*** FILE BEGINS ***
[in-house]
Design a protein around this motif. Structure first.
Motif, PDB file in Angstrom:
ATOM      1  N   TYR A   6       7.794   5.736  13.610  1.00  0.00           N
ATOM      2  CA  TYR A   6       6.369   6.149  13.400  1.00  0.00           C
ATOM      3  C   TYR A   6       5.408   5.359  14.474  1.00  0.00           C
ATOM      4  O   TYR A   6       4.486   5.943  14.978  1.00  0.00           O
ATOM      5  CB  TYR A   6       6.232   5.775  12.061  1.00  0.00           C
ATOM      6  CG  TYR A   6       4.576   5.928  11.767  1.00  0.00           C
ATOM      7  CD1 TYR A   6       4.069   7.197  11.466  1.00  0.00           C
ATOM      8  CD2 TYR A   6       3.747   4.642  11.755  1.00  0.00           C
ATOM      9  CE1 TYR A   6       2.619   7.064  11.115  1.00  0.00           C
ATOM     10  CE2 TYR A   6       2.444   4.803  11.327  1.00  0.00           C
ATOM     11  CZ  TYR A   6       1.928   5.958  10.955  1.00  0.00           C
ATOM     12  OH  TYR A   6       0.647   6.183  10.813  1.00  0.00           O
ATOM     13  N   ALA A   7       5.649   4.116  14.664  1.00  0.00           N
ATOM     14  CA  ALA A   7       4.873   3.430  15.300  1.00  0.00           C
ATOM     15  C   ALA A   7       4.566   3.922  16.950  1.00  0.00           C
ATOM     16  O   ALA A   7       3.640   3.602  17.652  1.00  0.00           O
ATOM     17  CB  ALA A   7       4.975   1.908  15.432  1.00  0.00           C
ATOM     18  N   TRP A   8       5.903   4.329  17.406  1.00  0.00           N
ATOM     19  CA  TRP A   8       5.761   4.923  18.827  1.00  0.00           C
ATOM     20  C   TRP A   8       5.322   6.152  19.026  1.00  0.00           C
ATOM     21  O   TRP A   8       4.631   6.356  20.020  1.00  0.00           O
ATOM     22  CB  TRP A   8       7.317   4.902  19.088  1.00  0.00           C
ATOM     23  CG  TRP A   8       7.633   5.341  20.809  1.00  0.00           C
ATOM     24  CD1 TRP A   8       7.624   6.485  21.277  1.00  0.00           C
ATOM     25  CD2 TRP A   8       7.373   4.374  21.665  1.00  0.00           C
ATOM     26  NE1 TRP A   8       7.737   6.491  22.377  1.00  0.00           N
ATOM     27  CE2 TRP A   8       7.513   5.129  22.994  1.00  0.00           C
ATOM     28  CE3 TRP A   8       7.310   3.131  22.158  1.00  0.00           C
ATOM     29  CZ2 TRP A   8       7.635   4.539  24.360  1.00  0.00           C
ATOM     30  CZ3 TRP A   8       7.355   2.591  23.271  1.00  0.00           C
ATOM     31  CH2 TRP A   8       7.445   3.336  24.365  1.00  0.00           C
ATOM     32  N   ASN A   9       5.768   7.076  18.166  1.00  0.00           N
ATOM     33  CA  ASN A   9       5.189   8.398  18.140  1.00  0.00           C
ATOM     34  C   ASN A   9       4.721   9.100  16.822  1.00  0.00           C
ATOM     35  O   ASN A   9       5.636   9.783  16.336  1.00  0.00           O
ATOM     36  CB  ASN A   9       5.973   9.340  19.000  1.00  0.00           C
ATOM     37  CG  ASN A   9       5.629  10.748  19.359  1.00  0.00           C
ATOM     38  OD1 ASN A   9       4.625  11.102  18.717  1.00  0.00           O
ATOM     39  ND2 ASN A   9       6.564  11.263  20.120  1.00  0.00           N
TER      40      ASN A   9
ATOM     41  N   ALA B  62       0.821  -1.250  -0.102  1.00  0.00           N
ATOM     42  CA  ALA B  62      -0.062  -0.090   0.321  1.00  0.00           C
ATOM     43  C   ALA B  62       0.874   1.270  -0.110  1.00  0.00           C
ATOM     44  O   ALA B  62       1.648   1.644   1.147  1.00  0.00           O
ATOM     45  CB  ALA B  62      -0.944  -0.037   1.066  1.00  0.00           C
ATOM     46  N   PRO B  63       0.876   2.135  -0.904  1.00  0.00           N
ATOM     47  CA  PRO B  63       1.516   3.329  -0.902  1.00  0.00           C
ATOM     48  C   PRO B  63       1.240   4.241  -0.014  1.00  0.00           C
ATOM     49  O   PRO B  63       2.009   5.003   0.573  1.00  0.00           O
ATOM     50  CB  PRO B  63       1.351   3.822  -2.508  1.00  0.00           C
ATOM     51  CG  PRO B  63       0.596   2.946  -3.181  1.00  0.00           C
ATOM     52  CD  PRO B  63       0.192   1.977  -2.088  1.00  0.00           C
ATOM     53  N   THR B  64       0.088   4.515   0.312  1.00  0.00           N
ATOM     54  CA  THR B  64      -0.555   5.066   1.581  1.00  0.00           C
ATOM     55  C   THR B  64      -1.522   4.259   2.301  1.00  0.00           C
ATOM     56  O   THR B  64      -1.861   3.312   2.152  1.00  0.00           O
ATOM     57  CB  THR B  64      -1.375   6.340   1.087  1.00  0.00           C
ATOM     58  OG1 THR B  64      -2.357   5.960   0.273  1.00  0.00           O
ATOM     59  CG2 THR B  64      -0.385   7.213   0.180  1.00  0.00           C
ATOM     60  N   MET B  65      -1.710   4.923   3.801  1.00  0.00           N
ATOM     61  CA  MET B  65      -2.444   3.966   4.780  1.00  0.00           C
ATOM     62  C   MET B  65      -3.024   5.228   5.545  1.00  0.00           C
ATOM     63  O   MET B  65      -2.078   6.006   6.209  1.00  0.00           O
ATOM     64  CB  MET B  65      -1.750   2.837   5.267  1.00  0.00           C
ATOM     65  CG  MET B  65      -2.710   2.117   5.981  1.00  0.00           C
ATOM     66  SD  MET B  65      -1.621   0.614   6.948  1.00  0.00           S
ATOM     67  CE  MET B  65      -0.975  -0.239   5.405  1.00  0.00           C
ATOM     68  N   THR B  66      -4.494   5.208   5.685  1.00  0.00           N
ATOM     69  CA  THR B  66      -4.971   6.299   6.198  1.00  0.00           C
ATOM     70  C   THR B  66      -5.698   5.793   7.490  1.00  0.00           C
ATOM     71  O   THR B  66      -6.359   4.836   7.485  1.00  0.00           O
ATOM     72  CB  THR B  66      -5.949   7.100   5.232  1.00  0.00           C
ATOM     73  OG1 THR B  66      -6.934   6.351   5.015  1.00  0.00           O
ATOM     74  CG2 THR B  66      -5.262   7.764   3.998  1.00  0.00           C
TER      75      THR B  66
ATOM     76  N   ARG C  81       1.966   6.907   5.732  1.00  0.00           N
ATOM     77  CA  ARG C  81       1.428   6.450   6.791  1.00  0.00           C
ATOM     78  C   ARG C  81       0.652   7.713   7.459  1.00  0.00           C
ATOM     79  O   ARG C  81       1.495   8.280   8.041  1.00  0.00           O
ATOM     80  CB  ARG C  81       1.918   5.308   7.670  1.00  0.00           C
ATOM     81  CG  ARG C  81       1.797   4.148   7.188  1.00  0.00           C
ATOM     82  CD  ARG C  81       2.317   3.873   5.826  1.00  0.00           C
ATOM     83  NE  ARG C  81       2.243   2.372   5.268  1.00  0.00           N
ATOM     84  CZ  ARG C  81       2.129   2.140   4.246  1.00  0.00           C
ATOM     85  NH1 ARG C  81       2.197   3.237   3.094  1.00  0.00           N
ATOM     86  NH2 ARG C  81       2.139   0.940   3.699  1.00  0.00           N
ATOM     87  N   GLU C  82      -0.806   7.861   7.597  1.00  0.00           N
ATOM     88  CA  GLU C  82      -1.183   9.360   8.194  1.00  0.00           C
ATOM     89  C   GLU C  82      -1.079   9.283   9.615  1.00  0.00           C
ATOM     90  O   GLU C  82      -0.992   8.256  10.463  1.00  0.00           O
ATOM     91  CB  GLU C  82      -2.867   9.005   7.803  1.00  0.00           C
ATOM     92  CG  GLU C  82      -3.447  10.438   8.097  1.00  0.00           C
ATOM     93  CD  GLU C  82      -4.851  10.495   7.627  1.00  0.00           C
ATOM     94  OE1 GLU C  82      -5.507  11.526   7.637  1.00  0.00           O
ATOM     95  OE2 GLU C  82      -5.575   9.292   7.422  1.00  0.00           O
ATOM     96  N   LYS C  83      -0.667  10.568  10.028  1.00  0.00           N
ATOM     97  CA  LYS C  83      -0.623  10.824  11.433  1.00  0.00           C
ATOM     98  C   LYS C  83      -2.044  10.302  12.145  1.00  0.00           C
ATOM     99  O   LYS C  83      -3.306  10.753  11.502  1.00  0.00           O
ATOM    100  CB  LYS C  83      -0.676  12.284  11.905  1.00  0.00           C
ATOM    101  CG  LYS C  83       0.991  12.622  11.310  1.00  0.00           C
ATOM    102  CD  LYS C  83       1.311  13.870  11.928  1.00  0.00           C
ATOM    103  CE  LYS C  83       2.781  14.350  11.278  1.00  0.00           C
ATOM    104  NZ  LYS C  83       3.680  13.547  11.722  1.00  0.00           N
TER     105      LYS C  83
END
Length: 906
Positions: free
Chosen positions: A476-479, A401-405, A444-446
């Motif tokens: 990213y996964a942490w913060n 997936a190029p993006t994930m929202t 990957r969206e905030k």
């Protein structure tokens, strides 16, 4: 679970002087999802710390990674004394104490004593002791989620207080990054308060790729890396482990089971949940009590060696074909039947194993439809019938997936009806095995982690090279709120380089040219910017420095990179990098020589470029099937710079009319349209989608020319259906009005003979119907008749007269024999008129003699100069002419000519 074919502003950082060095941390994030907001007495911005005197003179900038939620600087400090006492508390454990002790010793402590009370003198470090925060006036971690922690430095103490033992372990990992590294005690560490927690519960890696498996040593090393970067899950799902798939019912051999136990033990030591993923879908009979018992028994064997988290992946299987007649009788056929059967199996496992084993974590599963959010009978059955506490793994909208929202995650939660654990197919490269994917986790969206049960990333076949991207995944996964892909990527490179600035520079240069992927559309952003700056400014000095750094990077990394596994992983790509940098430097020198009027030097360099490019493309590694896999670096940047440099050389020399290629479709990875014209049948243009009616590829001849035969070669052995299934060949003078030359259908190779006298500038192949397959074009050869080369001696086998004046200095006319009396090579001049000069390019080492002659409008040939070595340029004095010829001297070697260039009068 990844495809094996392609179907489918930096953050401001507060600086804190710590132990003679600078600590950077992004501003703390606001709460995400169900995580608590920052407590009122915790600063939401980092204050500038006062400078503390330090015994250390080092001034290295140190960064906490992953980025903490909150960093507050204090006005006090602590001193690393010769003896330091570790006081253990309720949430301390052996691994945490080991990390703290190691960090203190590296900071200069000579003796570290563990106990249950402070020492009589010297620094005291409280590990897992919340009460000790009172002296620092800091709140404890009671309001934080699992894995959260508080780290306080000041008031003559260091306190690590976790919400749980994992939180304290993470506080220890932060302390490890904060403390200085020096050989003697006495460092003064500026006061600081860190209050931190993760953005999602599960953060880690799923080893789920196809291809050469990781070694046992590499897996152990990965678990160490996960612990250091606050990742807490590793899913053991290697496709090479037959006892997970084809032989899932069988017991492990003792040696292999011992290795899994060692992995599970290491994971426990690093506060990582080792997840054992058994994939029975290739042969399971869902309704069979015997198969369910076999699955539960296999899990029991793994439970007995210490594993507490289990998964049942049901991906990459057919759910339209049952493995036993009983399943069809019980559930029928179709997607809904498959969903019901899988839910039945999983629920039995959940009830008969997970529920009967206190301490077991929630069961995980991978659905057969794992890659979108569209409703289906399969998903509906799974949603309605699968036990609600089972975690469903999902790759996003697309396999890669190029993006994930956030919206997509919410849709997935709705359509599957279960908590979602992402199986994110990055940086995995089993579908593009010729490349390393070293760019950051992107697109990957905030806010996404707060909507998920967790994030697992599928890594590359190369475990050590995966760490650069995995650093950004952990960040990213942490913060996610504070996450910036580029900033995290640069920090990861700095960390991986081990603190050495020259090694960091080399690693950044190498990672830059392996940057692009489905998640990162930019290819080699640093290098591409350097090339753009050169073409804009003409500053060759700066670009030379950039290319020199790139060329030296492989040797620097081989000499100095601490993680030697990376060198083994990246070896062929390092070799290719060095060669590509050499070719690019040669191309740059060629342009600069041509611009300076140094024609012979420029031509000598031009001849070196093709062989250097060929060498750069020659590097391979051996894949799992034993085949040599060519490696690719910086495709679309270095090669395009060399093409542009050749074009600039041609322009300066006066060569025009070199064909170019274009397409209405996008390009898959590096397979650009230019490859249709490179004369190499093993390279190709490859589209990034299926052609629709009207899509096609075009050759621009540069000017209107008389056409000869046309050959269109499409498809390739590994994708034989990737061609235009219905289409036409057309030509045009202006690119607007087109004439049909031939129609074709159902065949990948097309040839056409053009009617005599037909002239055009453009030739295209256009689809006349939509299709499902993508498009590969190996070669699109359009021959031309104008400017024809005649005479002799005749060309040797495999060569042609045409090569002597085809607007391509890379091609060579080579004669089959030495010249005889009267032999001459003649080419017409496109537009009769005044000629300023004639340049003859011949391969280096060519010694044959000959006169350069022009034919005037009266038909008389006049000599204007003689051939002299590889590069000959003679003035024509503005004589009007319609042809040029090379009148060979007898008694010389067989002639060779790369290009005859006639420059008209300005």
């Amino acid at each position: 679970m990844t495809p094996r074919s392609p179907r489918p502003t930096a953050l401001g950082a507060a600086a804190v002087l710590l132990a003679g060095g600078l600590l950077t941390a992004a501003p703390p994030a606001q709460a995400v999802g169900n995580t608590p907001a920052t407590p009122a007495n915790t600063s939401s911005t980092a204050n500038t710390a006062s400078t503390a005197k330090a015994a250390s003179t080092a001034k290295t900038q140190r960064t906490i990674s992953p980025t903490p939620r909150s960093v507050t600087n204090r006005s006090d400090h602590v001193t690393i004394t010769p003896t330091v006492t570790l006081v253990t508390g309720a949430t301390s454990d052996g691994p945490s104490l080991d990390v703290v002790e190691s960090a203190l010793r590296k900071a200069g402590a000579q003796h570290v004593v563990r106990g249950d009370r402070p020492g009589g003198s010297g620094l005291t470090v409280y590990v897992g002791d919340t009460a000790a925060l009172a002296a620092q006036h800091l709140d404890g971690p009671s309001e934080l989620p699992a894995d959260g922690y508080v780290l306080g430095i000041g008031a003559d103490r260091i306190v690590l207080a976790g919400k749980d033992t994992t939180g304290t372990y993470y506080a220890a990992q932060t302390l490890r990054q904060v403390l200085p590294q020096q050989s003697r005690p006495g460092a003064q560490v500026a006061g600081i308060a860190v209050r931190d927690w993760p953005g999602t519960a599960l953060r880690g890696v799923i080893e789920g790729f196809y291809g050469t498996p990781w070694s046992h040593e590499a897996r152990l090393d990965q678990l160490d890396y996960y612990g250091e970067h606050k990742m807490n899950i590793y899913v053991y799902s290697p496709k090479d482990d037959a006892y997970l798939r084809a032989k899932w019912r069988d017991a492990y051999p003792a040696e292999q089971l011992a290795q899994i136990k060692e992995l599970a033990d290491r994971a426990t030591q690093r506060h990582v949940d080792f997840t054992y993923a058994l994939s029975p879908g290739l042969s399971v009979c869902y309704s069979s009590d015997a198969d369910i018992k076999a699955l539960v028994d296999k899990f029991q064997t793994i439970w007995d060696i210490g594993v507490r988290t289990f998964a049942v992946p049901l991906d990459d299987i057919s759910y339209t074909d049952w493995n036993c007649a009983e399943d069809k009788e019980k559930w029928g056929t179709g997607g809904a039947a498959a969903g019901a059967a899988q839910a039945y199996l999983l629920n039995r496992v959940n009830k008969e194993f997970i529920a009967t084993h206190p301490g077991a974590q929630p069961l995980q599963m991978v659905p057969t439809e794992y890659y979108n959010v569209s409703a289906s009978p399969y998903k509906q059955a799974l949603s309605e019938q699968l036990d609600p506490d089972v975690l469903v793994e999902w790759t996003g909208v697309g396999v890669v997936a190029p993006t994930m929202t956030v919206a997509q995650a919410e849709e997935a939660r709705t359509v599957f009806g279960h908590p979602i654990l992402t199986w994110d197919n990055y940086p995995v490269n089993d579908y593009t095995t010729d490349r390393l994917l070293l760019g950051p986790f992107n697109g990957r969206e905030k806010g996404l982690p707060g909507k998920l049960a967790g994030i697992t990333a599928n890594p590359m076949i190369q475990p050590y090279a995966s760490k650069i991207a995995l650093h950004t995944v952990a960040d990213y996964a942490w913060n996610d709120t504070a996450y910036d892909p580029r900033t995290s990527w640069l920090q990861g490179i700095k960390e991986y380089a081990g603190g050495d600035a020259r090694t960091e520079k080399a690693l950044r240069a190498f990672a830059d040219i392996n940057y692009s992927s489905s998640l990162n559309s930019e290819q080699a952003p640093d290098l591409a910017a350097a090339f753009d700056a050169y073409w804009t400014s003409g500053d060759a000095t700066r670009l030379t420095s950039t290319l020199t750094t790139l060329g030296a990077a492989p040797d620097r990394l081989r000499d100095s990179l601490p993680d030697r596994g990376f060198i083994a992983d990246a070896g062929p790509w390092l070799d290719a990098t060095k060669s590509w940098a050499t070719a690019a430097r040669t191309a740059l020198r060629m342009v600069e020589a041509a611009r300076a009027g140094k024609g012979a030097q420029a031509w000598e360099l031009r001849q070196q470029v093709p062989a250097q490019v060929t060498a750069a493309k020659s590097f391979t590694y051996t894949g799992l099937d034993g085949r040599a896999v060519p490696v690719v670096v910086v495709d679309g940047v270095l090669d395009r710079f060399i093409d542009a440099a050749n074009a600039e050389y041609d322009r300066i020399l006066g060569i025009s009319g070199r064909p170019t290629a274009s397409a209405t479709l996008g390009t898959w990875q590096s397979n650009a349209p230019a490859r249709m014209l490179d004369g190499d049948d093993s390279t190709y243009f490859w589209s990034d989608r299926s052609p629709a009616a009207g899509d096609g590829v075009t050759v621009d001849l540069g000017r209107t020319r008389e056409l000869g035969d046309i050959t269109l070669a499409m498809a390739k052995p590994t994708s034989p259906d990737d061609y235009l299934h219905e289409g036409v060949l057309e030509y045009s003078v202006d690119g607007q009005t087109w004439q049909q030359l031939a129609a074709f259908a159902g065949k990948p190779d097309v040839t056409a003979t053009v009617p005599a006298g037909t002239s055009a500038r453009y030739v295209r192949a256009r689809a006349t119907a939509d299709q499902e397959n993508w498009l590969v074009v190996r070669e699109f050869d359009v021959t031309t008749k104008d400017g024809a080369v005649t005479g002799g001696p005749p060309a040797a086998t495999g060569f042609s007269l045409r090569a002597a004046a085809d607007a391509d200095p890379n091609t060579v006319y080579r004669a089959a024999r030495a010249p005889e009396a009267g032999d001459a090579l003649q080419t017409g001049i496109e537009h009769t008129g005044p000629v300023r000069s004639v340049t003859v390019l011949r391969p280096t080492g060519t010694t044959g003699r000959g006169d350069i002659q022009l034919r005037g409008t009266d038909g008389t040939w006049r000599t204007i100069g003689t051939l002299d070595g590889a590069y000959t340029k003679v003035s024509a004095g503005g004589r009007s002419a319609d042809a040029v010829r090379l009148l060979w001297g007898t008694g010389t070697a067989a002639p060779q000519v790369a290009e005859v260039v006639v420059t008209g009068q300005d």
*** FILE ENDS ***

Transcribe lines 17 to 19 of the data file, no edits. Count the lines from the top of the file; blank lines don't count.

ATOM     14  CA  ALA A   7       4.873   3.430  15.300  1.00  0.00           C
ATOM     15  C   ALA A   7       4.566   3.922  16.950  1.00  0.00           C
ATOM     16  O   ALA A   7       3.640   3.602  17.652  1.00  0.00           O